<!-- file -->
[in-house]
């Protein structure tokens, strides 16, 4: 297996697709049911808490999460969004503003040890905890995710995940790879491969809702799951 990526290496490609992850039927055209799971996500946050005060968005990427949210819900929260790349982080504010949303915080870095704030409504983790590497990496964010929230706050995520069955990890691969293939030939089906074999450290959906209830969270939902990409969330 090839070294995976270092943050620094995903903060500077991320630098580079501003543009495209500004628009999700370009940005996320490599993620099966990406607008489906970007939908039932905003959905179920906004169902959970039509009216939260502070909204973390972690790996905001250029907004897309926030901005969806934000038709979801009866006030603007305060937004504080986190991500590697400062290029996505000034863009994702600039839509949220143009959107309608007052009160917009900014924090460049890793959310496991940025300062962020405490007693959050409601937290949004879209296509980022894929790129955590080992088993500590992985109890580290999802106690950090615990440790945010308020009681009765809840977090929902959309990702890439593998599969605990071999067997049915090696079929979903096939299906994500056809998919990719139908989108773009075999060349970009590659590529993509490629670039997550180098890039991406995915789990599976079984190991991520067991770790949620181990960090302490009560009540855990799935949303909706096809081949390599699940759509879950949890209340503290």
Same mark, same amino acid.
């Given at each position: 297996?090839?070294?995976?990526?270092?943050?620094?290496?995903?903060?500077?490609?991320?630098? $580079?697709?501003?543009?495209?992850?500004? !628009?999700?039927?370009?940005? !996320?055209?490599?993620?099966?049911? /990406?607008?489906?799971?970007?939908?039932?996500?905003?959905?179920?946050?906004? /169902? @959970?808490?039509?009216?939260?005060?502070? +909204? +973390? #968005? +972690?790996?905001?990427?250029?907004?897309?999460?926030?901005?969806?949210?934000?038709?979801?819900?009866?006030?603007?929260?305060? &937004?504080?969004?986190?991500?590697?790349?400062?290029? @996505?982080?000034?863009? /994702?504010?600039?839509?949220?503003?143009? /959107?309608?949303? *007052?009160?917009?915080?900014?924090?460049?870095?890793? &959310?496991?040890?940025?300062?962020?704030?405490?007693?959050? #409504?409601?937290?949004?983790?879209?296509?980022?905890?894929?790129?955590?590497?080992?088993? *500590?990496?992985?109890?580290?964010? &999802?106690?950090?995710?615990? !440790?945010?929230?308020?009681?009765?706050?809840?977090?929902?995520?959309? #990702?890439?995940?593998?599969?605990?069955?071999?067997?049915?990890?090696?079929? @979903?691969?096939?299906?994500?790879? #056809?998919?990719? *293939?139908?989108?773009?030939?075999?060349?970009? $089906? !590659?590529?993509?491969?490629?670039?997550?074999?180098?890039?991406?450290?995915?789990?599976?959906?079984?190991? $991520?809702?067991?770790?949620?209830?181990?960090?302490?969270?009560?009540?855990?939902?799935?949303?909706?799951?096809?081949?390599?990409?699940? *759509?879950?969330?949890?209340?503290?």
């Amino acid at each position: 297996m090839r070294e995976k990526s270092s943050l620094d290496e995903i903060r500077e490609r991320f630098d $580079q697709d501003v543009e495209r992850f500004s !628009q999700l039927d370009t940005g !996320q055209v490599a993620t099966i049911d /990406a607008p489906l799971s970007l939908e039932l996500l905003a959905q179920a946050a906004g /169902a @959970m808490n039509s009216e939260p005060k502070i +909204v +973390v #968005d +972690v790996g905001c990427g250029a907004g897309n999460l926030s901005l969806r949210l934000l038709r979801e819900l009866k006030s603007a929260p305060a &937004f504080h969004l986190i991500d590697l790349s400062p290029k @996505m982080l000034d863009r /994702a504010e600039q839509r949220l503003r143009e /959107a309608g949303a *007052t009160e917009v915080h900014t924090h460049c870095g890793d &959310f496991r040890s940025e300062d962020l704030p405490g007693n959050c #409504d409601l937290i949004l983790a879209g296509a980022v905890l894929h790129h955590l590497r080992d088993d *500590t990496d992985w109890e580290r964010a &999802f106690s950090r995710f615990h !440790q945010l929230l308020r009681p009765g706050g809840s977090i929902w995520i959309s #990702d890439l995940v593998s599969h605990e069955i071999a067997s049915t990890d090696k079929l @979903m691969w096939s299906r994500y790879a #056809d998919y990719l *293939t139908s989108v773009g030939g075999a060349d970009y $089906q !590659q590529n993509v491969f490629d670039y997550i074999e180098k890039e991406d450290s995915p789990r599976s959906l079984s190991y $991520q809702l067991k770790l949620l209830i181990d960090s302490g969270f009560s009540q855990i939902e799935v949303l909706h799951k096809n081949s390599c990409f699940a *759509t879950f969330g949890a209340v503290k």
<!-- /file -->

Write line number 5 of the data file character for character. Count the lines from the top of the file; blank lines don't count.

């Amino acid at each position: 297996m090839r070294e995976k990526s270092s943050l620094d290496e995903i903060r500077e490609r991320f630098d $580079q697709d501003v543009e495209r992850f500004s !628009q999700l039927d370009t940005g !996320q055209v490599a993620t099966i049911d /990406a607008p489906l799971s970007l939908e039932l996500l905003a959905q179920a946050a906004g /169902a @959970m808490n039509s009216e939260p005060k502070i +909204v +973390v #968005d +972690v790996g905001c990427g250029a907004g897309n999460l926030s901005l969806r949210l934000l038709r979801e819900l009866k006030s603007a929260p305060a &937004f504080h969004l986190i991500d590697l790349s400062p290029k @996505m982080l000034d863009r /994702a504010e600039q839509r949220l503003r143009e /959107a309608g949303a *007052t009160e917009v915080h900014t924090h460049c870095g890793d &959310f496991r040890s940025e300062d962020l704030p405490g007693n959050c #409504d409601l937290i949004l983790a879209g296509a980022v905890l894929h790129h955590l590497r080992d088993d *500590t990496d992985w109890e580290r964010a &999802f106690s950090r995710f615990h !440790q945010l929230l308020r009681p009765g706050g809840s977090i929902w995520i959309s #990702d890439l995940v593998s599969h605990e069955i071999a067997s049915t990890d090696k079929l @979903m691969w096939s299906r994500y790879a #056809d998919y990719l *293939t139908s989108v773009g030939g075999a060349d970009y $089906q !590659q590529n993509v491969f490629d670039y997550i074999e180098k890039e991406d450290s995915p789990r599976s959906l079984s190991y $991520q809702l067991k770790l949620l209830i181990d960090s302490g969270f009560s009540q855990i939902e799935v949303l909706h799951k096809n081949s390599c990409f699940a *759509t879950f969330g949890a209340v503290k």